Posted: July 18, 2007 in Stories

I’ve never met Will Campbell, but I find him fascinating. I first heard of him in Philip Yancey’s What’s So Amazing About Grace? in a story I’ve told a hundred times since. Earlier this year, I read his most famous book, Brother to a Dragonfly, which, beautifully weaves a bit of autobiography through the tragic story of his relationship with his brother.

Brother to a Dragonfly left me hanging, though. It left Will sort of disillusioned with life in the heart of the Civil Rights Movement. I have always thought of the Civil Rights Movement as almost a spiritual shangri-las, a time where following the way of Jesus seemed much more of a real choice. It probably helps that it was in my own backyard. And almost my own lifetime. Yet Will Campbell sees through that façade, too. He moved on to loving the Klan, too.

I received in the mail yesterday what I think is sort of the next chapter in his story, a memoir he titled, Forty Acres and a Goat. I began reading it last night.

I suspect many of my readers wouldn’t like Will Campbell at all. Others might fall in love with him, too. Let me share a brief article about Campbell with you today (about a PBS documentary on his life called God’s Will, a documentary I’d love to get my hands on someday if I only knew how…). This article may whet your appetite for Campbell. Or make you nauseous. Either way, dinner’s served!!!!!!!

Will Campbell, ordained as a Baptist preacher in backwoods Mississippi, was the only white minister present at the creation of the Southern Christian Leadership Conference. He escorted nine black students through angry mobs at Central High School in Little Rock. He was present at sit-ins, civil rights demonstrations, and strategy meetings with Martin Luther King.

Will Campbell, a graduate of Yale’s divinity school, is an amateur country musician and hardscrabble farmer who sips whiskey with friends who are members of the Ku Klux Klan. He holds all institutions–including the church–in disdain and refuses to pastor even the smallest congregation. He doesn’t even attend church Sunday mornings.

“In all these years I can’t think of one thing I’ve actually, personally, accomplished,” he once wrote.

Yet he is considered by many people to be one of the nation’s most influential spiritual leaders…

Campbell is “a deeply religious man,” President Jimmy Carter says of his friend who chews tobacco and wears cowboy boots. “One who has a great deal of spirit. Calm. Wise. Witty. Eloquent.”

Campbell’s memoir, “Brother to a Dragonfly,” was nominated for a National Book Award. In his 13 books since he has continued writing about race, religion, and community.

Campbell grew up poor in rural Mississippi, and when he preached his first sermon in his community’s church he read from a pulpit Bible that had been presented by the KKK. But he could never embrace his society’s preoccupation with keeping people segregated and groups apart.

“I don’t know how to say this without sounding terribly presumptuous,” he explains, “but I don’t recognize the concept of different kinds of people.”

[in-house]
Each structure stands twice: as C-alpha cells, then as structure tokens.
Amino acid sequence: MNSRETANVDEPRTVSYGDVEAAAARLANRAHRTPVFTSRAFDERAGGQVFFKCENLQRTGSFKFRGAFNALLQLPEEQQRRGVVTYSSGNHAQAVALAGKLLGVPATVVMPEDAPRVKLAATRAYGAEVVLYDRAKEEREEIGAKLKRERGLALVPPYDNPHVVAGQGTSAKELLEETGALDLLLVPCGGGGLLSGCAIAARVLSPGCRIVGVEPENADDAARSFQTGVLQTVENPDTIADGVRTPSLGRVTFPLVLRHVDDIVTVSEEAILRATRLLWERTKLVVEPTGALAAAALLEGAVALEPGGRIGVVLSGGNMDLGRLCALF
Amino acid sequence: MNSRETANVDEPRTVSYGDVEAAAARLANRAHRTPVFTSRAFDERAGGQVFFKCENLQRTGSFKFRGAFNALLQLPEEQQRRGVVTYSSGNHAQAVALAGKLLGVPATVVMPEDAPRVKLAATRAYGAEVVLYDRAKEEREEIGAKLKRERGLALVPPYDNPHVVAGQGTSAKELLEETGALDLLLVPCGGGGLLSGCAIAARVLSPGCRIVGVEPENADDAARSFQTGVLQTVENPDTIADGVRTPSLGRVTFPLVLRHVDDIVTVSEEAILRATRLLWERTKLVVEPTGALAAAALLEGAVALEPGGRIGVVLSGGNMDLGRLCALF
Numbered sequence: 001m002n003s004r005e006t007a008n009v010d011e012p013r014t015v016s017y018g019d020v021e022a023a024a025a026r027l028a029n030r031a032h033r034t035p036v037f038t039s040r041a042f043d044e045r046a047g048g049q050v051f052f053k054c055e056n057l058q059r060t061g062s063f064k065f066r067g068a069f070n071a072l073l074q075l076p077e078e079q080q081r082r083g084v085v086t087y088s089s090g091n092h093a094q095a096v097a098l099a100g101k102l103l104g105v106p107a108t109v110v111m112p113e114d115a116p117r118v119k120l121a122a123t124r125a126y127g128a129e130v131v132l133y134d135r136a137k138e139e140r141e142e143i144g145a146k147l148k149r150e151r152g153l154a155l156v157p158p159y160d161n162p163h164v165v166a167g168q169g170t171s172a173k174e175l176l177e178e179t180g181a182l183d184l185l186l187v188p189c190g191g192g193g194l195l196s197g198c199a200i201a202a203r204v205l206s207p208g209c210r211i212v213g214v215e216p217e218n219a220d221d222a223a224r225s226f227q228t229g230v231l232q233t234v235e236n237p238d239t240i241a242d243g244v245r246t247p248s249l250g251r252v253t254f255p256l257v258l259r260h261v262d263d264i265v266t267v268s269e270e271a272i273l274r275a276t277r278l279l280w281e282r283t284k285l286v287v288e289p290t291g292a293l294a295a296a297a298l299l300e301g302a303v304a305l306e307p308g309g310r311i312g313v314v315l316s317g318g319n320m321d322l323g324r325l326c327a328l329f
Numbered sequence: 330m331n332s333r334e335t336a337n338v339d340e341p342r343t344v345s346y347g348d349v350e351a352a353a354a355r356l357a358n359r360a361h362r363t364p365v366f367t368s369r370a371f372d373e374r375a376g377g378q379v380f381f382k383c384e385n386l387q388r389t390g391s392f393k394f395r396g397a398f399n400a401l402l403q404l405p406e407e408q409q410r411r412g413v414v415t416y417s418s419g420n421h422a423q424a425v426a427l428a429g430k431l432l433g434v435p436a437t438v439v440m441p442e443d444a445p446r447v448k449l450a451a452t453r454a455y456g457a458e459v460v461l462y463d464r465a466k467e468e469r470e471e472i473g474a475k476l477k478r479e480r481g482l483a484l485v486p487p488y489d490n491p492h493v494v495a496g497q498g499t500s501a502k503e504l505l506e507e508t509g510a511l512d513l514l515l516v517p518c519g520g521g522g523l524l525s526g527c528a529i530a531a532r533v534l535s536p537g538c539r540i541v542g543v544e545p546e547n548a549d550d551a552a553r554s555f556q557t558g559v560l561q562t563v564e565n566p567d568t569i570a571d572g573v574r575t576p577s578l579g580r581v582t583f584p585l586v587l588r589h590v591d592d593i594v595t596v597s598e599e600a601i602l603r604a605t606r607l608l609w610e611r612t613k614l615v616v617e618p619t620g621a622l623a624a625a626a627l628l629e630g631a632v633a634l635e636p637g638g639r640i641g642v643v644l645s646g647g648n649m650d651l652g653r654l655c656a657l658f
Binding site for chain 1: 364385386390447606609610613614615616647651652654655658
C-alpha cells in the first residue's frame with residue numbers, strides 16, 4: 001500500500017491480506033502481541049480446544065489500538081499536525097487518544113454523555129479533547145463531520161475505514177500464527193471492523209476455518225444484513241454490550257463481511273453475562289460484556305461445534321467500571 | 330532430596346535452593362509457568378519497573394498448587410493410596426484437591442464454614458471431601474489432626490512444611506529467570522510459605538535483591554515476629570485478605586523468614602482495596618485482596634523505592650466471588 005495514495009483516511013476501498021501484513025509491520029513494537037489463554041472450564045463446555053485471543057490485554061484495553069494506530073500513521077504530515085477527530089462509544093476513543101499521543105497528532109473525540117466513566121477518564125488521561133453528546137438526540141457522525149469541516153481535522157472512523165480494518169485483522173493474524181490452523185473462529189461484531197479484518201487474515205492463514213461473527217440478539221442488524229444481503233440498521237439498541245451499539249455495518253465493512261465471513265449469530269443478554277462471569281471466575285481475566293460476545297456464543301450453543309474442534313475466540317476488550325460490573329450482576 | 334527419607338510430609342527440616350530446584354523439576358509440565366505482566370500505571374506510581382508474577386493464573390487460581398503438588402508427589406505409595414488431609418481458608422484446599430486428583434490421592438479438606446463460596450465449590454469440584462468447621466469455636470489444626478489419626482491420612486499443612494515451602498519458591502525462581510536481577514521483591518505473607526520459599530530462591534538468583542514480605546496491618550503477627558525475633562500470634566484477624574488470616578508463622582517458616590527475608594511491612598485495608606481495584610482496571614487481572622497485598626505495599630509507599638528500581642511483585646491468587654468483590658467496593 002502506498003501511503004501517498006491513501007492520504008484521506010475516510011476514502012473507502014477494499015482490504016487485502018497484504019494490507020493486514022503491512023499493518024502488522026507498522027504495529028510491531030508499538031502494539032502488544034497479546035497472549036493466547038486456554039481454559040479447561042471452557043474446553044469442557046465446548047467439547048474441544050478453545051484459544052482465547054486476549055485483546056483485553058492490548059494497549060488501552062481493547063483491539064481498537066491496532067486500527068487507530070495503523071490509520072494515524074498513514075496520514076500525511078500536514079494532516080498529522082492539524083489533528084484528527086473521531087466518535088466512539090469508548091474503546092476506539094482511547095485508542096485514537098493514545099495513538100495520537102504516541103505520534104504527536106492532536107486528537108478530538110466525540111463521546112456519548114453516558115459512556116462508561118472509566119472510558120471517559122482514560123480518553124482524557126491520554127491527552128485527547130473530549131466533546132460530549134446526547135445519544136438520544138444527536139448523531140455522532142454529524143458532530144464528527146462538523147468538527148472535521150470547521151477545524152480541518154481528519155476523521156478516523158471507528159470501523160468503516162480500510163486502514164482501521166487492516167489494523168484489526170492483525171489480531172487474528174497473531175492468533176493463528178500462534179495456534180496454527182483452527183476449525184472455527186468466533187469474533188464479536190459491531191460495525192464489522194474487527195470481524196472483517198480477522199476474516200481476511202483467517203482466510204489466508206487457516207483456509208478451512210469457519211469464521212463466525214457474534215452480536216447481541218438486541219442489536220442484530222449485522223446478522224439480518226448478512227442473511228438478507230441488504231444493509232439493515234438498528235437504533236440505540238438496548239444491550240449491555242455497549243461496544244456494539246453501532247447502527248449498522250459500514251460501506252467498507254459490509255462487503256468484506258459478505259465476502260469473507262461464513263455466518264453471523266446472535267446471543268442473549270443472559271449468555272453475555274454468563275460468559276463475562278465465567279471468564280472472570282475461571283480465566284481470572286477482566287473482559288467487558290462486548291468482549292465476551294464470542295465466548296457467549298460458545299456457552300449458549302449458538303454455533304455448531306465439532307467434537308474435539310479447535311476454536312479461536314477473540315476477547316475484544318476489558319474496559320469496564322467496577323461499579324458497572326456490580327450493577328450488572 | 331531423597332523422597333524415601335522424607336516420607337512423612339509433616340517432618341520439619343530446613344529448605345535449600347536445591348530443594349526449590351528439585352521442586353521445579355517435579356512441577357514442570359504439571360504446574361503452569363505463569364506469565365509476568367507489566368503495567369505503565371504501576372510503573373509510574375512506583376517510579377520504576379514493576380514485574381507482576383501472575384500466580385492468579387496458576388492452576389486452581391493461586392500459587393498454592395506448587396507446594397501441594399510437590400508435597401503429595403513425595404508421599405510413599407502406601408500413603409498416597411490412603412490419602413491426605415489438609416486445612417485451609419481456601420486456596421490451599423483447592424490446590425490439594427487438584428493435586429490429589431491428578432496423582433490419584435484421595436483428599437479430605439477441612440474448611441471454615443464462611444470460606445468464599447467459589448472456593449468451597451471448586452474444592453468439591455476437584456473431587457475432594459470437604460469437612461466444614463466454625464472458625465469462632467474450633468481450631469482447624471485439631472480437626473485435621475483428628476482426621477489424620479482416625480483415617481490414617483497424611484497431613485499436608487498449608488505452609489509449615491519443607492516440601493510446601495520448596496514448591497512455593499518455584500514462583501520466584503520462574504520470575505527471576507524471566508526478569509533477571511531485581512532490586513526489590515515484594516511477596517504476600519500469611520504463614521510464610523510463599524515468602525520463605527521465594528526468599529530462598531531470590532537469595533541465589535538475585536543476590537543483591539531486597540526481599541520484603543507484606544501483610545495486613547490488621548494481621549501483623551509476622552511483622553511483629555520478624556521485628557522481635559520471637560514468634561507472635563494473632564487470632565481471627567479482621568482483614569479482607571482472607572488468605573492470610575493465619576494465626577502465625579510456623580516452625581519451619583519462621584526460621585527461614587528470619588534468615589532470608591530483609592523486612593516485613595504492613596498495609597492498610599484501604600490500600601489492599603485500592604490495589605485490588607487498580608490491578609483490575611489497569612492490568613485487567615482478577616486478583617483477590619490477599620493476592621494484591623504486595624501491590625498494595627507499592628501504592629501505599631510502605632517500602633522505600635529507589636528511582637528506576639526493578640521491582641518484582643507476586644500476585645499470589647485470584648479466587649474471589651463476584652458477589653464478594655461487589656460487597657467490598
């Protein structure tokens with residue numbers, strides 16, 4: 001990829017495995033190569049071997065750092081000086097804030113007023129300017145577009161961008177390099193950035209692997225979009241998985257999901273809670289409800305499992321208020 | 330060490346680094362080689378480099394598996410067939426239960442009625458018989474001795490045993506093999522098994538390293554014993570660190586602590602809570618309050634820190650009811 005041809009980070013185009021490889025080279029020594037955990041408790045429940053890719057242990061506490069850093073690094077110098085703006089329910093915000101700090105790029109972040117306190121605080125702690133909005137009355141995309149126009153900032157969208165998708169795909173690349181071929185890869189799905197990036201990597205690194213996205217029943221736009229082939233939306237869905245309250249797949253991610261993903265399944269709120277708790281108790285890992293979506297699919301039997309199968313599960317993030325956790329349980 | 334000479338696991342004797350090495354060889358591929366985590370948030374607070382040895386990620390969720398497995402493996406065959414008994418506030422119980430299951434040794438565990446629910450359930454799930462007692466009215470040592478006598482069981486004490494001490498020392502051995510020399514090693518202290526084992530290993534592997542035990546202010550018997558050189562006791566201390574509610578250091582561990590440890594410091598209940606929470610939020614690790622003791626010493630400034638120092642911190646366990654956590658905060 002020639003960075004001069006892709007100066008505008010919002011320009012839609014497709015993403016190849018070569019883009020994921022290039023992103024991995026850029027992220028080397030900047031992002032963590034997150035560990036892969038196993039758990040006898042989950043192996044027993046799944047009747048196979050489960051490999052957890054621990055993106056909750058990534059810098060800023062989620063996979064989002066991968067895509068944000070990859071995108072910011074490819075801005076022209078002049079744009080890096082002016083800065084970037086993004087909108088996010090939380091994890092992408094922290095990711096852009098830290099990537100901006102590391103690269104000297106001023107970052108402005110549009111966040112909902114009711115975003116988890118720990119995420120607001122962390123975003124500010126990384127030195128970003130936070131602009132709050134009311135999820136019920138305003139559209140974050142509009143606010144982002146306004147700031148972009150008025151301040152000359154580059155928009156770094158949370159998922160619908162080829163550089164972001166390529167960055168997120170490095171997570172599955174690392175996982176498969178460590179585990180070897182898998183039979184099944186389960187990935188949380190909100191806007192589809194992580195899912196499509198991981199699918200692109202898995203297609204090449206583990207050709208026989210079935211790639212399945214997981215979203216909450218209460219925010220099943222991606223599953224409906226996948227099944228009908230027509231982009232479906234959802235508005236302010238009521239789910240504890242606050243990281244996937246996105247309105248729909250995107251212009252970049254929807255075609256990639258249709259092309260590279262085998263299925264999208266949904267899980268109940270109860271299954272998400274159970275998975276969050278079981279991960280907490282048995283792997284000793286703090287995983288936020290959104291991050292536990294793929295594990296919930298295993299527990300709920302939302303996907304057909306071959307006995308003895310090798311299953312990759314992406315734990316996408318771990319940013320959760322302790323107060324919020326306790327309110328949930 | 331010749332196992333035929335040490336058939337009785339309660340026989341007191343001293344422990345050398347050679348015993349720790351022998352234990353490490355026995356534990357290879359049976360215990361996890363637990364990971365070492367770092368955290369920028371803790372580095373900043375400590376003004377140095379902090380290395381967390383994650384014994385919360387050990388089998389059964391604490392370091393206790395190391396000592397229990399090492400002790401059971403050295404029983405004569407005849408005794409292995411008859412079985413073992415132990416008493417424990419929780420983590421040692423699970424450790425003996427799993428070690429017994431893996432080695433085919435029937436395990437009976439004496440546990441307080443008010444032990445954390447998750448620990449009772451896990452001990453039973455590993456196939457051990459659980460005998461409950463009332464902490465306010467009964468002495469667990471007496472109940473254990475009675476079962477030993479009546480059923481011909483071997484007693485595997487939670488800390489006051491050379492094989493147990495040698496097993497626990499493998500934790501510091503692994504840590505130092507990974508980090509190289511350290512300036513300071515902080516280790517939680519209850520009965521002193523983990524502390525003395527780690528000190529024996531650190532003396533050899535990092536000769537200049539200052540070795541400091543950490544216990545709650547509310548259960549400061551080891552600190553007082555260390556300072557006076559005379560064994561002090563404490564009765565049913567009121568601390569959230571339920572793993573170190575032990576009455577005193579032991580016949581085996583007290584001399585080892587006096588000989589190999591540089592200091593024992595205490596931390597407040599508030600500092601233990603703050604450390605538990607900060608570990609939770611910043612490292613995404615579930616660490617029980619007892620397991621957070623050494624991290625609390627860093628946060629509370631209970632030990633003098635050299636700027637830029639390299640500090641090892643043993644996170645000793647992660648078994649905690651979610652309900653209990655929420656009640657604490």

“Will Campbell is an articulate and authentic witness to what is the best of humanity,” says minister and civil rights activist James Lawson. “He should be one of the models that America lifts up for what it means to be an American. What it means to be a human being.”

“God’s Will” explores Campbell’s life, his efforts to repudiate racism and division, and his work to reach out to civil rights workers and avowed racists alike.

The program includes interviews with the celebrities and writers who are among his friends, such as Tom T. Hall, Waylon Jennings, John Egerton, and Jules Feiffer.

The documentary also shows Campbell working in what he believes the church to be: not a television evangelist’s satellite empire–he calls these people “electronic soul molesters.” And not big buildings with tall steeples and gymnasiums that are open only to members.

“There is a little tavern we go to quite often,” he says, talking about his rural home near Nashville. “I marry the people. Bury the people. Get them out of jail, or try to, and so on. Every one of them, without exception, would be at my house as quickly as they could get there. And I would be at theirs.

“That is church.”

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Comments
  1. Phyllis says:

    Your post inspired me to learn more about Mr. Campbell. In my search I ran across an article which I found interesting. You may have already seen it, but in case you haven’t, the artile link follows.

    http://www.mun.ca/rels/hrollmann/restmov/texts/rmeyes/willcamp.html

  2. Phyllis says:

    I accidentally hit the “Publish Your Comment” button rather than the “Preview” button. Sorry about the typo’s. The full web address is: http://www.mun.ca/rels/hrollmann/restmov/
    texts/rmeyes/willcamp.html

  3. Al Sturgeon says:

    YES!!! I had seen that before, but thanks for bringing it back to my attention! I love that selection from Lipscomb, and I love that Campbell hooked up with it during the Civil Rights Movement. I find it sad that so few seemed to hear his voice at the time…

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